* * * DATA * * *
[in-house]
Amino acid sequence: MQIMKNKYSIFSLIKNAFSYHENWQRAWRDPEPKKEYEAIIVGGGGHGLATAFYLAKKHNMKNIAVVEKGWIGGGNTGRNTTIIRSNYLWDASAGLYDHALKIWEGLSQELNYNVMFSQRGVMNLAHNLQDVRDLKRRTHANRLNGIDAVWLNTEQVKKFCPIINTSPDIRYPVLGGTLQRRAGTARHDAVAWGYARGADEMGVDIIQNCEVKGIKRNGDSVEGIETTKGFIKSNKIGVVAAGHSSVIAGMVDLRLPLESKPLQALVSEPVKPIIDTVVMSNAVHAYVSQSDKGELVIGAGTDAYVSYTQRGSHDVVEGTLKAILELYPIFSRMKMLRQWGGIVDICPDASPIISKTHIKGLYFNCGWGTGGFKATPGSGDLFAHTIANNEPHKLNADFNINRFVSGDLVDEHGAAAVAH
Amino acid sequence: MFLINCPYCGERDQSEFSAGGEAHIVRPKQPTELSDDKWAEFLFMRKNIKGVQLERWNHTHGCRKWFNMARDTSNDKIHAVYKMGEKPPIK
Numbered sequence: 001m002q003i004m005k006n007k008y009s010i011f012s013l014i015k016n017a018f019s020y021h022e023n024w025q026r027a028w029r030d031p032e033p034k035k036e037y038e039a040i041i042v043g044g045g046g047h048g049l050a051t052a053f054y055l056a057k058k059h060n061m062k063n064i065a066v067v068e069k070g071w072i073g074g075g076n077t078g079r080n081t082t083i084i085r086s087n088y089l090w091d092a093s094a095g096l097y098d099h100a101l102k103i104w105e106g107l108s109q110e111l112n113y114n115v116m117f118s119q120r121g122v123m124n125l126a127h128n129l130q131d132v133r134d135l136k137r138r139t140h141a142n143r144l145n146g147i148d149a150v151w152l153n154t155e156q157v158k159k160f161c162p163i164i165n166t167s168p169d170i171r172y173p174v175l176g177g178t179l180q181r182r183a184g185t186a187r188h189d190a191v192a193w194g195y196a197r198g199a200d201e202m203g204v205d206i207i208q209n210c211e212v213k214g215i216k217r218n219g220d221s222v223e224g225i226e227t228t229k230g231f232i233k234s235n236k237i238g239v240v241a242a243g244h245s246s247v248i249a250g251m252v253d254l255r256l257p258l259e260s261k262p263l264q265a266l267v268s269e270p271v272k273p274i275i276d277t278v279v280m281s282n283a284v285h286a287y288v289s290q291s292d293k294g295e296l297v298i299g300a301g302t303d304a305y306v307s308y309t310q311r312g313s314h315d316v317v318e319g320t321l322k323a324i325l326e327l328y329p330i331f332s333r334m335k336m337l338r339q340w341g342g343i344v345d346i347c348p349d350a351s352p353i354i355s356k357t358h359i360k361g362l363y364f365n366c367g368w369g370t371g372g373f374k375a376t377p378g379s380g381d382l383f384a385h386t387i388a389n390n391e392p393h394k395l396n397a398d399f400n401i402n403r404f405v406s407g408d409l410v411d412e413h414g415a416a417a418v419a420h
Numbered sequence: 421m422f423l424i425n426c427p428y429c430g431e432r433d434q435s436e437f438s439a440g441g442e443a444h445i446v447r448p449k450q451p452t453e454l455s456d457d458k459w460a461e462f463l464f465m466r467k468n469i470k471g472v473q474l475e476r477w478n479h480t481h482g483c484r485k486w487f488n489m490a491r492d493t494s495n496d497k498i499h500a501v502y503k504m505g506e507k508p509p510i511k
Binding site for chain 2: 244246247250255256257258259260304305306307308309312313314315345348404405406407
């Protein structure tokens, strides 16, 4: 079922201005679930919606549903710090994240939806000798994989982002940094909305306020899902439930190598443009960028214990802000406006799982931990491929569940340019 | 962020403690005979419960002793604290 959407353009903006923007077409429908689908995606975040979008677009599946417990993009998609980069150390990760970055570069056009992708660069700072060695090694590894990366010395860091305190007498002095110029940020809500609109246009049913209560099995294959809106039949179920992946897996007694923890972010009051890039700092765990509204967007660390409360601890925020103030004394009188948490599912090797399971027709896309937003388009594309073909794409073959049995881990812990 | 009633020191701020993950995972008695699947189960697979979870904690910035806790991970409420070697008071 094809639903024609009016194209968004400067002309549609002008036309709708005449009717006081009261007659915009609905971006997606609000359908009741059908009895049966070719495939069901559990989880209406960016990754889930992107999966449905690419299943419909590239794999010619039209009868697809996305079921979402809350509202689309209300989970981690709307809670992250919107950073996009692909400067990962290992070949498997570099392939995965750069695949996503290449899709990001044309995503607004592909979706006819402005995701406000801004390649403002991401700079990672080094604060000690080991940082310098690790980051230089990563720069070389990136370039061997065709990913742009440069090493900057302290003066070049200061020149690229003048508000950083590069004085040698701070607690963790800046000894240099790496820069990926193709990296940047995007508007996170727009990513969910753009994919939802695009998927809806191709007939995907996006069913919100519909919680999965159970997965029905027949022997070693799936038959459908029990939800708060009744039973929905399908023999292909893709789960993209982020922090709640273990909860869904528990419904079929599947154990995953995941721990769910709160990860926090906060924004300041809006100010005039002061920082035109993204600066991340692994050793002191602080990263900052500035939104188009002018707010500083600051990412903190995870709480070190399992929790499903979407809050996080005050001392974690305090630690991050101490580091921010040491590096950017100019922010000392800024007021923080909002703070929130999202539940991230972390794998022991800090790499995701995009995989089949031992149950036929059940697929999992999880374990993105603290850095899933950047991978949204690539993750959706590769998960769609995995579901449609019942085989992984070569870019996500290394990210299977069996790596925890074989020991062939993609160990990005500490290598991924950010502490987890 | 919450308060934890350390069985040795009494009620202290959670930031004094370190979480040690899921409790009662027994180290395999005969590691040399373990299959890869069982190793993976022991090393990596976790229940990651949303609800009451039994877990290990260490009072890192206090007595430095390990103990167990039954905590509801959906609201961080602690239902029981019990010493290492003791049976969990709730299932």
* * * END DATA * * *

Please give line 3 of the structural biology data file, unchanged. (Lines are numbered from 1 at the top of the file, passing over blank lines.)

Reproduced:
Amino acid sequence: MFLINCPYCGERDQSEFSAGGEAHIVRPKQPTELSDDKWAEFLFMRKNIKGVQLERWNHTHGCRKWFNMARDTSNDKIHAVYKMGEKPPIK